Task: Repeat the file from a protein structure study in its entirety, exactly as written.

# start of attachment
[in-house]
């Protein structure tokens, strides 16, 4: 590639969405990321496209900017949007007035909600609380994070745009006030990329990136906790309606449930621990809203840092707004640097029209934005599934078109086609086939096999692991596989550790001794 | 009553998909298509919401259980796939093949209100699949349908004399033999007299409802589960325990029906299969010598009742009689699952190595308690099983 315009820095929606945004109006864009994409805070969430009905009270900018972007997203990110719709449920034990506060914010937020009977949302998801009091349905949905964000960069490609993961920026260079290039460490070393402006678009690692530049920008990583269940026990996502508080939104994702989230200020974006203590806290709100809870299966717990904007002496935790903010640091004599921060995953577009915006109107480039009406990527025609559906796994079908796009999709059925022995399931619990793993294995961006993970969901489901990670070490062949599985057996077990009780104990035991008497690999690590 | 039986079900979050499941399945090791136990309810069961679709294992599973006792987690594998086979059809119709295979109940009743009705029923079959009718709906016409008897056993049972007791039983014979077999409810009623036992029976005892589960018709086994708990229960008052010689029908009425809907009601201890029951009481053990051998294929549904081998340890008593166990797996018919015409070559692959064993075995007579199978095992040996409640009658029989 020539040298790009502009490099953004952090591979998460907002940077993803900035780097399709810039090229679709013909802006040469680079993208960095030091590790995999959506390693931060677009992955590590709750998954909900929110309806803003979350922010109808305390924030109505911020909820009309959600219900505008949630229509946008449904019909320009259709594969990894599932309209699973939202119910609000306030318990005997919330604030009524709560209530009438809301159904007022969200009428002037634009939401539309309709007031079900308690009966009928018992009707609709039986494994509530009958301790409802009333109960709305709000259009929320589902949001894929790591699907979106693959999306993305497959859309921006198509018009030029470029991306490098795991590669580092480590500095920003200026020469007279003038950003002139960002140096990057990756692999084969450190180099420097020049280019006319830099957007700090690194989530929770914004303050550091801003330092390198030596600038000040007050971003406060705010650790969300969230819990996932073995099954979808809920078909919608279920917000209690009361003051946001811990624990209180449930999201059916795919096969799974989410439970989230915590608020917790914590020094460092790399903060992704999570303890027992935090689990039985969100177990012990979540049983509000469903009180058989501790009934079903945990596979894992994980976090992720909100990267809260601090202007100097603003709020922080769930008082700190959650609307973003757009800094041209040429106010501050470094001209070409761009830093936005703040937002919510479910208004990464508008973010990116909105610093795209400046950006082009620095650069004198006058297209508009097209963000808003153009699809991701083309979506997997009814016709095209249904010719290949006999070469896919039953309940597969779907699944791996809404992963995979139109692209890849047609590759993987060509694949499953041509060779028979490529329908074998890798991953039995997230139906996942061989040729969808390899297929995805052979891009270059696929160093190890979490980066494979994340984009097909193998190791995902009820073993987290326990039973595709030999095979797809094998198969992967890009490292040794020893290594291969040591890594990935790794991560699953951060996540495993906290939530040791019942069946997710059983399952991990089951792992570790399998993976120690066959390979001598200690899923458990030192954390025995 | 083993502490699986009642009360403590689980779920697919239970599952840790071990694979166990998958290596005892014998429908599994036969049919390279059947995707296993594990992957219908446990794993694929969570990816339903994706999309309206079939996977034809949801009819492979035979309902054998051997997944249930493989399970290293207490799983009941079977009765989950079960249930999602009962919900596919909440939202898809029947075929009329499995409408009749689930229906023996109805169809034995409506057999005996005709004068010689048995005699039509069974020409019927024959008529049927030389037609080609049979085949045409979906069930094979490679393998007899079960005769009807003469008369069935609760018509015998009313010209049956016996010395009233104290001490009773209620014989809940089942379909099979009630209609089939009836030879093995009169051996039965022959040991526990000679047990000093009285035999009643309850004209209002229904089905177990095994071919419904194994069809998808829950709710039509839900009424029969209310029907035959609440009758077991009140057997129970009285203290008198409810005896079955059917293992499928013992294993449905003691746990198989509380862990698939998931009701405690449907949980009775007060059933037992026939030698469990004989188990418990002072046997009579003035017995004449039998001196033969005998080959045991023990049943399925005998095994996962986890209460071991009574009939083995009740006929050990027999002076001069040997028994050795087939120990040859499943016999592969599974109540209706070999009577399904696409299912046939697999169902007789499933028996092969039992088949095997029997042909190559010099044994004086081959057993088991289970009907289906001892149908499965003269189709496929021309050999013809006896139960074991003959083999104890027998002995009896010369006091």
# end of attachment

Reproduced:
[in-house]
């Protein structure tokens, strides 16, 4: 590639969405990321496209900017949007007035909600609380994070745009006030990329990136906790309606449930621990809203840092707004640097029209934005599934078109086609086939096999692991596989550790001794 | 009553998909298509919401259980796939093949209100699949349908004399033999007299409802589960325990029906299969010598009742009689699952190595308690099983 315009820095929606945004109006864009994409805070969430009905009270900018972007997203990110719709449920034990506060914010937020009977949302998801009091349905949905964000960069490609993961920026260079290039460490070393402006678009690692530049920008990583269940026990996502508080939104994702989230200020974006203590806290709100809870299966717990904007002496935790903010640091004599921060995953577009915006109107480039009406990527025609559906796994079908796009999709059925022995399931619990793993294995961006993970969901489901990670070490062949599985057996077990009780104990035991008497690999690590 | 039986079900979050499941399945090791136990309810069961679709294992599973006792987690594998086979059809119709295979109940009743009705029923079959009718709906016409008897056993049972007791039983014979077999409810009623036992029976005892589960018709086994708990229960008052010689029908009425809907009601201890029951009481053990051998294929549904081998340890008593166990797996018919015409070559692959064993075995007579199978095992040996409640009658029989 020539040298790009502009490099953004952090591979998460907002940077993803900035780097399709810039090229679709013909802006040469680079993208960095030091590790995999959506390693931060677009992955590590709750998954909900929110309806803003979350922010109808305390924030109505911020909820009309959600219900505008949630229509946008449904019909320009259709594969990894599932309209699973939202119910609000306030318990005997919330604030009524709560209530009438809301159904007022969200009428002037634009939401539309309709007031079900308690009966009928018992009707609709039986494994509530009958301790409802009333109960709305709000259009929320589902949001894929790591699907979106693959999306993305497959859309921006198509018009030029470029991306490098795991590669580092480590500095920003200026020469007279003038950003002139960002140096990057990756692999084969450190180099420097020049280019006319830099957007700090690194989530929770914004303050550091801003330092390198030596600038000040007050971003406060705010650790969300969230819990996932073995099954979808809920078909919608279920917000209690009361003051946001811990624990209180449930999201059916795919096969799974989410439970989230915590608020917790914590020094460092790399903060992704999570303890027992935090689990039985969100177990012990979540049983509000469903009180058989501790009934079903945990596979894992994980976090992720909100990267809260601090202007100097603003709020922080769930008082700190959650609307973003757009800094041209040429106010501050470094001209070409761009830093936005703040937002919510479910208004990464508008973010990116909105610093795209400046950006082009620095650069004198006058297209508009097209963000808003153009699809991701083309979506997997009814016709095209249904010719290949006999070469896919039953309940597969779907699944791996809404992963995979139109692209890849047609590759993987060509694949499953041509060779028979490529329908074998890798991953039995997230139906996942061989040729969808390899297929995805052979891009270059696929160093190890979490980066494979994340984009097909193998190791995902009820073993987290326990039973595709030999095979797809094998198969992967890009490292040794020893290594291969040591890594990935790794991560699953951060996540495993906290939530040791019942069946997710059983399952991990089951792992570790399998993976120690066959390979001598200690899923458990030192954390025995 | 083993502490699986009642009360403590689980779920697919239970599952840790071990694979166990998958290596005892014998429908599994036969049919390279059947995707296993594990992957219908446990794993694929969570990816339903994706999309309206079939996977034809949801009819492979035979309902054998051997997944249930493989399970290293207490799983009941079977009765989950079960249930999602009962919900596919909440939202898809029947075929009329499995409408009749689930229906023996109805169809034995409506057999005996005709004068010689048995005699039509069974020409019927024959008529049927030389037609080609049979085949045409979906069930094979490679393998007899079960005769009807003469008369069935609760018509015998009313010209049956016996010395009233104290001490009773209620014989809940089942379909099979009630209609089939009836030879093995009169051996039965022959040991526990000679047990000093009285035999009643309850004209209002229904089905177990095994071919419904194994069809998808829950709710039509839900009424029969209310029907035959609440009758077991009140057997129970009285203290008198409810005896079955059917293992499928013992294993449905003691746990198989509380862990698939998931009701405690449907949980009775007060059933037992026939030698469990004989188990418990002072046997009579003035017995004449039998001196033969005998080959045991023990049943399925005998095994996962986890209460071991009574009939083995009740006929050990027999002076001069040997028994050795087939120990040859499943016999592969599974109540209706070999009577399904696409299912046939697999169902007789499933028996092969039992088949095997029997042909190559010099044994004086081959057993088991289970009907289906001892149908499965003269189709496929021309050999013809006896139960074991003959083999104890027998002995009896010369006091």